Save The Chicken Strip

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RAFlogo transWE NEED YOUR IMMEDIATE HELP. PLEASE TAKE ACTION NO LATER THAN MARCH 28
The RAF is requesting members to submit comments to the National Park Service (NPS) on the Saline Valley on a management plan, which will determine the future of theChicken Strip in Death Valley National Park. Comments can be made online at clicking this link or by visiting the URL below:
http://parkplanning.nps.gov/document.cfm?parkID=297&projectID=39438&documentID=56823
The comment deadline is Friday, March 28, 2014.

If you cannot submit comments online, please mail them to:

Saline Valley Management Plan
Superintendent
Death Valley National Park
P.O. Box 579
Death Valley, CA 92328.
The Chicken Strip is one of the few remaining backcountry strips in California and provides access to remote natural hot springs that otherwise would requite a several-hour drive across rough dirt roads to reach. A memorandum of understanding (MOU) between the National Park Service and the RAF permits RAF volunteers to maintain the airstrip and keeps it open to the public.
The NPS has published five alternatives for the final land use management plan. Fortunately, four of the five options would keep the airstrip open. It would be our suggestion that pilots recommend option 3, which officially recognizes the strip and encourages community involvement from organizations such as the RAF to maintain the facilities in the Saline Valley,
(1) No Action Alternative
Everything remains status quo. The RAF continues to maintain the airstrip under the MOU. However, since the status quo violates some NPS regulations (e.g. unofficial airstrip, water quality standards, etc.), it is unlikely that this will be selected.
(2) Minimum Action Alternative
This option implements the minimum actions necessary to bring the area into compliance with regulations. The RAF continues to maintain the airstrip under the MOU; however, the airstrip would need to be officially sanctioned, requiring public hearings and ultimate inclusion in the official NPS regulations. Although the goal of this effort is to establish the legality of the airport, public hearings and the regulatory process opens the door to opponents to voice their objections too.
(3) Community Engagement Alternative
This option is essentially similar to option 2 above, but encourages user groups to be more involved in maintenance the facilities. The RAF is already involved through the MOU, but this would establish such involvement as policy and potentially add other organizations (such as off road vehicle or hot springs user groups) to maintain other facilities.
(4) Recreation Management Alternative
Under this option, the NPS takes complete responsibility for operations and maintenance of the Saline Valley and airstrip. The RAF would no longer maintain the airstrip under the MOU. As with options 2 and 3, the airstrip would need to be officially sanctioned and special regulations would be written to recognize the airstrip.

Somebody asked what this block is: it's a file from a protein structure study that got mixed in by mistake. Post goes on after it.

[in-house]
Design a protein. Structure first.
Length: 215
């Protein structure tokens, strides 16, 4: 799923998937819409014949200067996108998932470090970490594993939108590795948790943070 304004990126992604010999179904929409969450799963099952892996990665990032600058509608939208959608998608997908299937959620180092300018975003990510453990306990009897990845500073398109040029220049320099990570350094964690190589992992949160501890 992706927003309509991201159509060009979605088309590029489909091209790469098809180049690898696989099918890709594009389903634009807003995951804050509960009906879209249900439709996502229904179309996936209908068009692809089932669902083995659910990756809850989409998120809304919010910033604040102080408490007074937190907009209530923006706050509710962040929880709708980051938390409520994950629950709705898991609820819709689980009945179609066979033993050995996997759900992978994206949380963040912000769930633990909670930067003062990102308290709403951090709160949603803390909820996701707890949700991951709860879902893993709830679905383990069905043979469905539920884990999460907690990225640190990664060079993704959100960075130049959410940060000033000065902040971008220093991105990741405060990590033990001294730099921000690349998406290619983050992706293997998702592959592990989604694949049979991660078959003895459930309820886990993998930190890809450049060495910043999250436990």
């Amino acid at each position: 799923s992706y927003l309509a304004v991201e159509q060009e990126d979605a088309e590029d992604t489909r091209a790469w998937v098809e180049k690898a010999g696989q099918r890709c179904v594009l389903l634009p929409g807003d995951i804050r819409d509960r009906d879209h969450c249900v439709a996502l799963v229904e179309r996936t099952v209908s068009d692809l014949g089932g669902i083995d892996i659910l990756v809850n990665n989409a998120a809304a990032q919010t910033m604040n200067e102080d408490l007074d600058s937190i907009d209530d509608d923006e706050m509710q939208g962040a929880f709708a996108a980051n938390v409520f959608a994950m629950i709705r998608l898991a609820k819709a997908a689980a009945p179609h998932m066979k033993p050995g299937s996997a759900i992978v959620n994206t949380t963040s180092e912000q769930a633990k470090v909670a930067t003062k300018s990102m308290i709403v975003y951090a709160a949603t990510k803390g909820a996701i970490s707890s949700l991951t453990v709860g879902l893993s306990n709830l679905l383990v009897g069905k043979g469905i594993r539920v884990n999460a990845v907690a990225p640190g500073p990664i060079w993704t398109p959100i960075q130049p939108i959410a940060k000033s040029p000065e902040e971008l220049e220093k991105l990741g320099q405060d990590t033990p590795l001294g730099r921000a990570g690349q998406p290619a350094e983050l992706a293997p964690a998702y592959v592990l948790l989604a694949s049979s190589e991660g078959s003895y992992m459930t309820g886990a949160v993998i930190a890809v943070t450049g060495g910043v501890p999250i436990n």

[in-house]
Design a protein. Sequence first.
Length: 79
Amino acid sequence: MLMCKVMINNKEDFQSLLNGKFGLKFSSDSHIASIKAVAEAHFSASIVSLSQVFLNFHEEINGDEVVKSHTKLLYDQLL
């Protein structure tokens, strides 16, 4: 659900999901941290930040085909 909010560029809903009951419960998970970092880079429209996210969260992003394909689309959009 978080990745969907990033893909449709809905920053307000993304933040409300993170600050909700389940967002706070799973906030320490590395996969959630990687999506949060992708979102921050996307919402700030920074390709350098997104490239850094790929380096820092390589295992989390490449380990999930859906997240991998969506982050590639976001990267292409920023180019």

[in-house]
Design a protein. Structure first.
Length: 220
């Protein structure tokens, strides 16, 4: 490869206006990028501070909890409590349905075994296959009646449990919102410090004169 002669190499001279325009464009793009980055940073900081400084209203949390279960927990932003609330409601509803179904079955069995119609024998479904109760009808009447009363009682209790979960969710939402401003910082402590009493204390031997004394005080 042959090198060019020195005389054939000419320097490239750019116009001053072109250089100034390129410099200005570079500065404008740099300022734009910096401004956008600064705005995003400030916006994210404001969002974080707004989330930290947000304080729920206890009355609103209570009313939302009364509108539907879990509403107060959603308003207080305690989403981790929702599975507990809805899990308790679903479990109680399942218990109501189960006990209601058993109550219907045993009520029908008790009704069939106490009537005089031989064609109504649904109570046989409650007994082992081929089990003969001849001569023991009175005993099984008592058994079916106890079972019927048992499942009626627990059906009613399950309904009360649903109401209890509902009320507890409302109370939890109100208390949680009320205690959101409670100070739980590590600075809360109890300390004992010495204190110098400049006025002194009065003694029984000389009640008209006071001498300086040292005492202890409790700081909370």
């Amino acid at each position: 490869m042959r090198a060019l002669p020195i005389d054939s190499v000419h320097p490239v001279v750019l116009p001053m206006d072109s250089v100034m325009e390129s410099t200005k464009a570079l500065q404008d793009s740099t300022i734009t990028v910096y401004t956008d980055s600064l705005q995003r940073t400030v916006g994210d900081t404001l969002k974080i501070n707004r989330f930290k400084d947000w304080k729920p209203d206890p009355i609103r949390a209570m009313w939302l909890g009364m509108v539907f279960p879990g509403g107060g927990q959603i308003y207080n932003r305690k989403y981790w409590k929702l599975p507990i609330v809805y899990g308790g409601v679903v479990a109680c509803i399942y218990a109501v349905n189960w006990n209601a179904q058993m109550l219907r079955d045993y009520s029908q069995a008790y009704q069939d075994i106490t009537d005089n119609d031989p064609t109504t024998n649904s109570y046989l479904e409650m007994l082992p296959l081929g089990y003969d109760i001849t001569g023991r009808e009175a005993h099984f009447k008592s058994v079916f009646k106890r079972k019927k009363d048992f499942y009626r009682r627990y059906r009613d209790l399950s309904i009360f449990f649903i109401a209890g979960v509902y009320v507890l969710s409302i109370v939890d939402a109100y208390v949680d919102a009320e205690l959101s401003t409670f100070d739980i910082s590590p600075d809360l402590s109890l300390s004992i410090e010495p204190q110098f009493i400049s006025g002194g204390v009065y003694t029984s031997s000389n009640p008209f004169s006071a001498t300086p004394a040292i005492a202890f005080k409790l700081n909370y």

(5) Restoration Alternative
This option removes the airstrip and nearly all camping facilities, returning it to its natural state.
These five alternatives are covered in detail atDEVA_Saline_Valley_Warm_Springs_EIS_Preliminary_Alternatives_Jan_2014.pdf. A more concise description is in the Death Valley National Park Alternatives Newsletter atDEVA_alts_newsletter_final.pdf. Finally, a handy matrix that compares all five options is available atDEVA_Saline_Valley_Warm_Springs_EIS_Preliminary_Alternatives_Comparison_Table_Jan_2014_(1).pdf
Here are some key points you can build on while drafting your comments concerning the proposed directives:
User comments should include as many facts as possible about the value of the airstrip to the community and the park service itself. Some suggestions for points to include are shown below, but please don’t hesitate to add your own arguments:
Aircraft provide a light environmental impact. The Chicken Strip landing area is only about 40 feet wide by 1,350 feet long, and is constructed of native material
If you have landed at the airstrip before, comment on your thoughts about how you have safely used the strip
The airstrip has existed for more than 50 years and is historically significant
The airstrip provides convenient access to handicapped and/or the physically challenged without enduring a grueling 5-hour drive by road
An airstrip at the Saline Valley Warm Springs provides access to a very remote area of the Park for use as a staging area for search and rescue and quick med-evac
Park personnel could fly there in 30 minutes from the headquarters at Furnace Creek rather than five hours by vehicle
Hints to make your comments effective:
When you write your comments, put them into your own words. Form letters and mass emails that are all the same are usually not counted as individual responses.
Write from the point of view of your own experiences, values, and use of aircraft for recreational access for yourself and your family. Emphasize your own prior great experiences and how they fit into the objectives of the National Park Service to provide wonderful outdoor experiences for the widest variety of people.
Be courteous and give constructive comments. Park Service planners have worked hard to make the proposed alternatives the best they can. We’re helping them see items they have overlooked.
Any questions?
Contact John Kounis jkounis@theraf.org or Rick Lach rlach@theraf.org.
Recreational Aviation Foundation
1711 West College Street
Bozeman, MT 59715-4913
United States
406-582-1RAF (406-582-1723)
theraf.org

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